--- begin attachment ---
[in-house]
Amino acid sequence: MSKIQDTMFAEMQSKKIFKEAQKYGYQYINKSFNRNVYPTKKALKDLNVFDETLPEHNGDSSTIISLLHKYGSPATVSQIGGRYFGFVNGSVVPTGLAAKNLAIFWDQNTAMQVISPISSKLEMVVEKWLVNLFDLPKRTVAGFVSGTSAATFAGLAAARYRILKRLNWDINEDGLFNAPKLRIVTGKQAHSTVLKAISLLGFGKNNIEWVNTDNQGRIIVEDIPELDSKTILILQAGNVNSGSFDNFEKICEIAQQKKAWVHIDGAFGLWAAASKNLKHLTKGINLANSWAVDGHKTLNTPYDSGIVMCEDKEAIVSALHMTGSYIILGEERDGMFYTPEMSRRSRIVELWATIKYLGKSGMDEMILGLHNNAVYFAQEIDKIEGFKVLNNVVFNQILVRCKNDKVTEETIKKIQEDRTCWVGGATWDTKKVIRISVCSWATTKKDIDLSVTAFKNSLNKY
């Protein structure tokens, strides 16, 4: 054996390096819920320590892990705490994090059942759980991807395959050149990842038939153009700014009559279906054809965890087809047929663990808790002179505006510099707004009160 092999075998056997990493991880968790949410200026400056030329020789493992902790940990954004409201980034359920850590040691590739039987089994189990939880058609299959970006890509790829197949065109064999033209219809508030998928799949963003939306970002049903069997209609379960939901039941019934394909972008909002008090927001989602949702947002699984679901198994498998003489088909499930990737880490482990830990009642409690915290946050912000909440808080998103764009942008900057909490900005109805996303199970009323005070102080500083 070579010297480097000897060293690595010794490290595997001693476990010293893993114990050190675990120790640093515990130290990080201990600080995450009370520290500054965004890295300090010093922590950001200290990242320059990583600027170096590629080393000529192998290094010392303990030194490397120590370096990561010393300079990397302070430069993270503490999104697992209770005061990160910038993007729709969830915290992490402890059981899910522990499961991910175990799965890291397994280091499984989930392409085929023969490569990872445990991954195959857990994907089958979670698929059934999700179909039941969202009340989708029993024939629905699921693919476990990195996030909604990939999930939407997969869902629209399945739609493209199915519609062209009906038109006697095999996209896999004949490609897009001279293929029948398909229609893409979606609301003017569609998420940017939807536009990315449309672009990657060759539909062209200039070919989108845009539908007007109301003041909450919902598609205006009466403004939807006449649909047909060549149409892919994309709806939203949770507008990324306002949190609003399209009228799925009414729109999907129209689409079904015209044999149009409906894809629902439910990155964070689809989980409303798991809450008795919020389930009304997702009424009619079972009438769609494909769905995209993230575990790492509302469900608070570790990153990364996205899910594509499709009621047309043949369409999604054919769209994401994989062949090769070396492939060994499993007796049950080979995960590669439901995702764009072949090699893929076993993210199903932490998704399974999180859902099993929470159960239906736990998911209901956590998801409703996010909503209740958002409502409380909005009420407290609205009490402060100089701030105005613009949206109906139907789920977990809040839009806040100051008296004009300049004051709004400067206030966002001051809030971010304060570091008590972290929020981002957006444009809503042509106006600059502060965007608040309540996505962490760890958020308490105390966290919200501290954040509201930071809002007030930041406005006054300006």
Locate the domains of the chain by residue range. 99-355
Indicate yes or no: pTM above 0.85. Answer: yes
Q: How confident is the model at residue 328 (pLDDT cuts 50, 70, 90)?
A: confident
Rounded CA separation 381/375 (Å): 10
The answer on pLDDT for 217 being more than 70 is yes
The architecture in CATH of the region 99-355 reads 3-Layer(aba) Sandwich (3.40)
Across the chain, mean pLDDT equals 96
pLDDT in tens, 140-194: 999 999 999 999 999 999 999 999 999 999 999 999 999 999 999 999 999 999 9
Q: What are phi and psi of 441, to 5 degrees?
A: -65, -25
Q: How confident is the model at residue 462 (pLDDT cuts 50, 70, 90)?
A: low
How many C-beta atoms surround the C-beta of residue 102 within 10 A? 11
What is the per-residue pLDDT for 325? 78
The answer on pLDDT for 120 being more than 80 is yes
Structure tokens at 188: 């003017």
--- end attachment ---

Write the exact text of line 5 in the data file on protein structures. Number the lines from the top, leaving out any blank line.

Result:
Indicate yes or no: pTM above 0.85. Answer: yes